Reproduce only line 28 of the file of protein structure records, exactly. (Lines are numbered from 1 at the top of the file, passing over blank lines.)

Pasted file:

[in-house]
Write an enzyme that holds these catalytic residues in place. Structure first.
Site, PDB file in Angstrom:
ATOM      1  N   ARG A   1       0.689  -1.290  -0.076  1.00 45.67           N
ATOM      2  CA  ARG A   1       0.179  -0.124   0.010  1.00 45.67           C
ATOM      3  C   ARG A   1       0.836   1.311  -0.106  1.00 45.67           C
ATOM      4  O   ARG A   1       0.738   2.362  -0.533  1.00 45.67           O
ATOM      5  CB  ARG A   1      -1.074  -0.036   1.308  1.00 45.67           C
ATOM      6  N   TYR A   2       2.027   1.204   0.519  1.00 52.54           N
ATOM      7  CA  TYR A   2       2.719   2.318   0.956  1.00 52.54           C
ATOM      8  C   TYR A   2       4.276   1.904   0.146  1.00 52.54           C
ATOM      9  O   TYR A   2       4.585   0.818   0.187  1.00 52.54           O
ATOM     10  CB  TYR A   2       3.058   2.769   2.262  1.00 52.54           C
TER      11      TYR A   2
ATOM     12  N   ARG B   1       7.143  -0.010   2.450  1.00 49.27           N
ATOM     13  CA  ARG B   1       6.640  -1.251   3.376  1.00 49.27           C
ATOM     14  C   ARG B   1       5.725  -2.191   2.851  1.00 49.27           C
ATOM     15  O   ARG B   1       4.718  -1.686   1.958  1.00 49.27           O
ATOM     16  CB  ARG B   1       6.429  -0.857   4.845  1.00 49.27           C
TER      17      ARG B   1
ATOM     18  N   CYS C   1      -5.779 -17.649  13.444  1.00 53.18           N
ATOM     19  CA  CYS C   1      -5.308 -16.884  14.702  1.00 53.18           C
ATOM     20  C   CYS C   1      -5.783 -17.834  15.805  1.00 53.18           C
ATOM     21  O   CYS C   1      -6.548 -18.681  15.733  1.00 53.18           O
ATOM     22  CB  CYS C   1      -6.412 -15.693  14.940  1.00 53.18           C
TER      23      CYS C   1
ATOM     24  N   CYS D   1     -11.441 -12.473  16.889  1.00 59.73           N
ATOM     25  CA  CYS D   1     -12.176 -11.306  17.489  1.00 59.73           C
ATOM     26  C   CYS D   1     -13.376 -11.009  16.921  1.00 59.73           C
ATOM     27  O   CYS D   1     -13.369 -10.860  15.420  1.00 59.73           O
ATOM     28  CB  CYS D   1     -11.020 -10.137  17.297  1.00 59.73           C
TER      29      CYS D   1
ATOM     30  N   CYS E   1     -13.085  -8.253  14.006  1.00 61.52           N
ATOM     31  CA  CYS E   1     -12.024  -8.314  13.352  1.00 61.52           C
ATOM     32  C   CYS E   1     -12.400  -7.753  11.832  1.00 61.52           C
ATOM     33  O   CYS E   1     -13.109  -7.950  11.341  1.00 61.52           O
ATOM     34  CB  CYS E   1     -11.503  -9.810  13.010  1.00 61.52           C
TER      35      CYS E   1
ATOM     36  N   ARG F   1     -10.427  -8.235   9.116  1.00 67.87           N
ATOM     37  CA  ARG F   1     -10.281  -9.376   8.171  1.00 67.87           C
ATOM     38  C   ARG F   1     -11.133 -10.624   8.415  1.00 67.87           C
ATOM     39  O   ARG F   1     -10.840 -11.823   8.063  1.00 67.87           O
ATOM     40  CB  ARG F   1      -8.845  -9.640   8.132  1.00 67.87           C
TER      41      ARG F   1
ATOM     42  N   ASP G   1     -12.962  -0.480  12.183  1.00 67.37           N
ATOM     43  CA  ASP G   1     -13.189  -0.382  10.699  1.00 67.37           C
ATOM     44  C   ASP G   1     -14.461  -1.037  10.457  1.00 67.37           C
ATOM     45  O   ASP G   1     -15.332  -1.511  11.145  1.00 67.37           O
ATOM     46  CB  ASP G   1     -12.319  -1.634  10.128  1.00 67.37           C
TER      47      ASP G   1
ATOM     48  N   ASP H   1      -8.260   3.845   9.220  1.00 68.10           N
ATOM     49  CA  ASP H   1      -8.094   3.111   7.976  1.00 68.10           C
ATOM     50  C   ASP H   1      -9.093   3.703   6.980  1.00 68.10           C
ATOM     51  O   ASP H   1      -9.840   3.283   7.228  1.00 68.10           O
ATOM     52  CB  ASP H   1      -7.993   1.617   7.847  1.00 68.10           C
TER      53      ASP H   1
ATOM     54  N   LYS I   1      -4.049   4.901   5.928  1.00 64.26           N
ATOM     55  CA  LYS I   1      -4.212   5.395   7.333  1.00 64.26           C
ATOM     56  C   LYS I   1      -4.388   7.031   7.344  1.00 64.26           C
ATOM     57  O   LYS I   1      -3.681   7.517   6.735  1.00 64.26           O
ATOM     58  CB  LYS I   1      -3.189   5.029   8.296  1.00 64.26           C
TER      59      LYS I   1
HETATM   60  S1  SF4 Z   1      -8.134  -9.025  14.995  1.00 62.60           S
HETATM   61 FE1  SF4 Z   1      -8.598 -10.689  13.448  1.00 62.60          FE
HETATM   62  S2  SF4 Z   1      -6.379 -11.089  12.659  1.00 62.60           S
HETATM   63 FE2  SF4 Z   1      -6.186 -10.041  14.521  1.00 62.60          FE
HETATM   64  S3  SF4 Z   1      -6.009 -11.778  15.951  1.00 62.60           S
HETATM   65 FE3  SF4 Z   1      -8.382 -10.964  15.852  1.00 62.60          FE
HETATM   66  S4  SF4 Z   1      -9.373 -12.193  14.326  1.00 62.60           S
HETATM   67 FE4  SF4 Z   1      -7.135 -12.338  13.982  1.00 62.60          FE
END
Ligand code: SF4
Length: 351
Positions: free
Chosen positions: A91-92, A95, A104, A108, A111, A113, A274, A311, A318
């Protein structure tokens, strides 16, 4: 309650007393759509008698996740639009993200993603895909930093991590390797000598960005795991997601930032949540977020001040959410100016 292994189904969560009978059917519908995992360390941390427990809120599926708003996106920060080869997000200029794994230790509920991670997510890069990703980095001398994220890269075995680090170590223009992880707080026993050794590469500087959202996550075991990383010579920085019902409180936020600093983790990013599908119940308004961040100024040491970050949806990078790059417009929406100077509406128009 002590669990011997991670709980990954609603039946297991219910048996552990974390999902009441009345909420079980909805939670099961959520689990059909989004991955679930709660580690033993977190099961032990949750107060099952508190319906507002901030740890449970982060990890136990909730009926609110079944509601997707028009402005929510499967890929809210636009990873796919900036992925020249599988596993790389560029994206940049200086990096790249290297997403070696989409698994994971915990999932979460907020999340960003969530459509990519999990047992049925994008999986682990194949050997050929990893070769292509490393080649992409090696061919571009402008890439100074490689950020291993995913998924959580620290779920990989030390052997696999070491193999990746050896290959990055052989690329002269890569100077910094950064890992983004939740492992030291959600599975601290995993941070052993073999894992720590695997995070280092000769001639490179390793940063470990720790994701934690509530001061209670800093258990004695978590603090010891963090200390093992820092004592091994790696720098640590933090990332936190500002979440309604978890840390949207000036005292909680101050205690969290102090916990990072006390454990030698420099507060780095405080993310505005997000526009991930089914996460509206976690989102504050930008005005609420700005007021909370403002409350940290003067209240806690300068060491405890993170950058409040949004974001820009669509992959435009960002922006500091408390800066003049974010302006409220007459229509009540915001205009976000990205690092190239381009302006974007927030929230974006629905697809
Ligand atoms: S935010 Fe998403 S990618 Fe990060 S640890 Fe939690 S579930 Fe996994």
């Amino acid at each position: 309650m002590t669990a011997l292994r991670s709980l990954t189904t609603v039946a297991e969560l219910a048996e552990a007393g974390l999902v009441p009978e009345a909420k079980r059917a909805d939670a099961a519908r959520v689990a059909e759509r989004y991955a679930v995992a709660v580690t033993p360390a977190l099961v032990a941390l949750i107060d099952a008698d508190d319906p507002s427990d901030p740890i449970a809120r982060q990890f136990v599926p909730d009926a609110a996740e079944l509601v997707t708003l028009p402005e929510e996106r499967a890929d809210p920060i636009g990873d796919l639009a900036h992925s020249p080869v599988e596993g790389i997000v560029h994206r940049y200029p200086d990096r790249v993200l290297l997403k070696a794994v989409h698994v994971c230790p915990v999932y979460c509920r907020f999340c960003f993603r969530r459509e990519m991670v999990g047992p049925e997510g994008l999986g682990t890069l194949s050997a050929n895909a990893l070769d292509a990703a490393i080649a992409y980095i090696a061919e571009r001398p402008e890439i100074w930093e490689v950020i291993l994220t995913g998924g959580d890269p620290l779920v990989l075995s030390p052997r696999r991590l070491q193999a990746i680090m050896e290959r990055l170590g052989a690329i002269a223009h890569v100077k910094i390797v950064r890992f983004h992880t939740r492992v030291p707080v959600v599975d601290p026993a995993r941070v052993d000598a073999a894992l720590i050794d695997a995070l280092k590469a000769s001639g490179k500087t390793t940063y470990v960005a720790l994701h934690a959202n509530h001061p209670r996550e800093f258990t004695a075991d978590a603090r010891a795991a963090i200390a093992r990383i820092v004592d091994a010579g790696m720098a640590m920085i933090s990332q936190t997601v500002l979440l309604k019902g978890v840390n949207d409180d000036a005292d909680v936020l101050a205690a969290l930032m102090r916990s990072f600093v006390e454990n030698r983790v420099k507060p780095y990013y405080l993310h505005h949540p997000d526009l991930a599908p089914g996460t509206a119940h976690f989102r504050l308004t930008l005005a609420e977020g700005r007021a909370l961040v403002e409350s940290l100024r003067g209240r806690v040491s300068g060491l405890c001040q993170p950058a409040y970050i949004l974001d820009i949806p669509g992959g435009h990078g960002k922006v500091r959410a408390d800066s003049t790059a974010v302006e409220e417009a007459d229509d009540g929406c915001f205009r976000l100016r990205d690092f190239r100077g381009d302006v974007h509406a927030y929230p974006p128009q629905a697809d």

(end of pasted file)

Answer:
ATOM     25  CA  CYS D   1     -12.176 -11.306  17.489  1.00 59.73           C